Background: Despite the growing use of complementary therapy by consumers in the United States, very little is known about the factors associated with the use of these therapies among older rural women.
Objective: The aim of this study was to answer the following research question using data from a portion of a larger study: What factors predict the use of complementary therapy among older rural women?
Methods: Data were collected by telephone interview from a random sample of older residents of 19 rural towns in Montana and North Dakota. Interviews were conducted using a guide that included questions about the use of allopathic and complementary healthcare and related issues such as health status, health problems, and reasons for seeking care. A direct logistic regression analysis was performed on the use of complementary or alternative medicine (CAM) as outcome and eight potential predictors. Data from 156 women were included in this analysis.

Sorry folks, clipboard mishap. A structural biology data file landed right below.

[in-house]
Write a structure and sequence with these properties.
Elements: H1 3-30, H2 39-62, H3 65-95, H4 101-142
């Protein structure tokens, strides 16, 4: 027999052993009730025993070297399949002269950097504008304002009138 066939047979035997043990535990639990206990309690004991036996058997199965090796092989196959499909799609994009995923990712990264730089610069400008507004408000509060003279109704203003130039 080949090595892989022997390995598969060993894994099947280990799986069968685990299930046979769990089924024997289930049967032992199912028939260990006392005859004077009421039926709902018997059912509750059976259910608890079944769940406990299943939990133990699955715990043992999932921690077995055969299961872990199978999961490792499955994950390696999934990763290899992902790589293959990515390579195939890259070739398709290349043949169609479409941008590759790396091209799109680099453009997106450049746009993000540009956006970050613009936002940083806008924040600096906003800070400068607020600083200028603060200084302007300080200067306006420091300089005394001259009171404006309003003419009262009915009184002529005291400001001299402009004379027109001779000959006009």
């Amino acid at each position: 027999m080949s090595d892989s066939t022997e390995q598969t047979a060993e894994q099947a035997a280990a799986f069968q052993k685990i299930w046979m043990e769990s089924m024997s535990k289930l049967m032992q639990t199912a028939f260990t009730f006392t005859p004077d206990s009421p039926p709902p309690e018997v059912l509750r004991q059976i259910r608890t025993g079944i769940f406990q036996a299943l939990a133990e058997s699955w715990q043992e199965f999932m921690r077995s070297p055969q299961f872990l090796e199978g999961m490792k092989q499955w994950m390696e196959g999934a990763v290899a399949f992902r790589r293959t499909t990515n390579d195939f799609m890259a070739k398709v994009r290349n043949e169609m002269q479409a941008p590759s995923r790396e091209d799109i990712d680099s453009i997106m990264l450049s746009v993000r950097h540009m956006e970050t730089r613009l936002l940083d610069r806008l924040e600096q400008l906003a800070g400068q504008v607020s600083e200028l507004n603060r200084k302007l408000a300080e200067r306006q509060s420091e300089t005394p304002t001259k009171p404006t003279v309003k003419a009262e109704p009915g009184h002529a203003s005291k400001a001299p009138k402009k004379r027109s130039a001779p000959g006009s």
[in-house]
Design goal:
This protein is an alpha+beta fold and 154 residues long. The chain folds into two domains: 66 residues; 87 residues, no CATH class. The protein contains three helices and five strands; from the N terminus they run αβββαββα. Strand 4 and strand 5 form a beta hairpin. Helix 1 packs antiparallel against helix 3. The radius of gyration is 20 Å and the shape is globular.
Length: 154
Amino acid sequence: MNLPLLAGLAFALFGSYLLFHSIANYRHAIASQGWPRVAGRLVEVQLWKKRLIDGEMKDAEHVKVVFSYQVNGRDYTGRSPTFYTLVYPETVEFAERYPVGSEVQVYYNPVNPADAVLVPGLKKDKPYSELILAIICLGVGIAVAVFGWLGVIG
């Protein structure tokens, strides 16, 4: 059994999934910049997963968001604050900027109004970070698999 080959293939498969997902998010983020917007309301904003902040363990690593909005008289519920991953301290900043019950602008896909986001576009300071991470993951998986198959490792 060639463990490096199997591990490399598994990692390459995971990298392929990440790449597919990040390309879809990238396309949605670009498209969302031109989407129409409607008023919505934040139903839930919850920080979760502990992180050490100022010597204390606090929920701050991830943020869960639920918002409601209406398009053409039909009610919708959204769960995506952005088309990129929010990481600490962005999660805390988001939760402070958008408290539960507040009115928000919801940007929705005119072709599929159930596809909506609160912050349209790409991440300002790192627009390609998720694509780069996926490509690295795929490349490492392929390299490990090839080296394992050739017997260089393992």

Results: A total of 25.6% (n = 40) of the women reported using CAM in the recent past. Rural women most likely to use CAM were those who were fairly well educated, not currently married, and in their early older years. They had one or more significant chronic illnesses and lower health-related quality of life due to emotional concerns.
Discussion: By improving the existing understanding of who is or is not likely to use CAM, the results of this study can be used in giving comprehensive care for rural women, including all healthcare practices, self-care and practitioner provided, and complementary and conventional.